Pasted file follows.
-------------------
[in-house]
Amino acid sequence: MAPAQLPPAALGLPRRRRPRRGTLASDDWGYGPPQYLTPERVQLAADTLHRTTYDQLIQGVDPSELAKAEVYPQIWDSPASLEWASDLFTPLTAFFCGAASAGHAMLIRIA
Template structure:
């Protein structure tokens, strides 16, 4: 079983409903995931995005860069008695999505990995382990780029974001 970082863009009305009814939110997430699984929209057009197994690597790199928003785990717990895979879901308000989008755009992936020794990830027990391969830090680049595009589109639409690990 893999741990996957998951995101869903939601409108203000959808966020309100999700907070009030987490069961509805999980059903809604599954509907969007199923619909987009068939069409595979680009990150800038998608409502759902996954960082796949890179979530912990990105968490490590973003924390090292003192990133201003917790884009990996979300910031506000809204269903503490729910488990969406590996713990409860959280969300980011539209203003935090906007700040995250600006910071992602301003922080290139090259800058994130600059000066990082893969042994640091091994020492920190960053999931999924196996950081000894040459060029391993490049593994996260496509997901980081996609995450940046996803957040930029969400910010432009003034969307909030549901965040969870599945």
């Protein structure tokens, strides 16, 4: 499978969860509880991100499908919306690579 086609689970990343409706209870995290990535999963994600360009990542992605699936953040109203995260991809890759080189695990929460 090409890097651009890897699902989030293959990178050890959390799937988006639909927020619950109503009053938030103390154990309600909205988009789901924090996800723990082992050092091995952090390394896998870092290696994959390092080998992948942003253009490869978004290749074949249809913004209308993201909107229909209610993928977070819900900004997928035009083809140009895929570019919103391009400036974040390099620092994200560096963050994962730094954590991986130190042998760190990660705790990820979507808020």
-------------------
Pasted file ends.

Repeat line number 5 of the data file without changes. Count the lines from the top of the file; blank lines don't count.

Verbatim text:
């Protein structure tokens, strides 16, 4: 499978969860509880991100499908919306690579 086609689970990343409706209870995290990535999963994600360009990542992605699936953040109203995260991809890759080189695990929460 090409890097651009890897699902989030293959990178050890959390799937988006639909927020619950109503009053938030103390154990309600909205988009789901924090996800723990082992050092091995952090390394896998870092290696994959390092080998992948942003253009490869978004290749074949249809913004209308993201909107229909209610993928977070819900900004997928035009083809140009895929570019919103391009400036974040390099620092994200560096963050994962730094954590991986130190042998760190990660705790990820979507808020």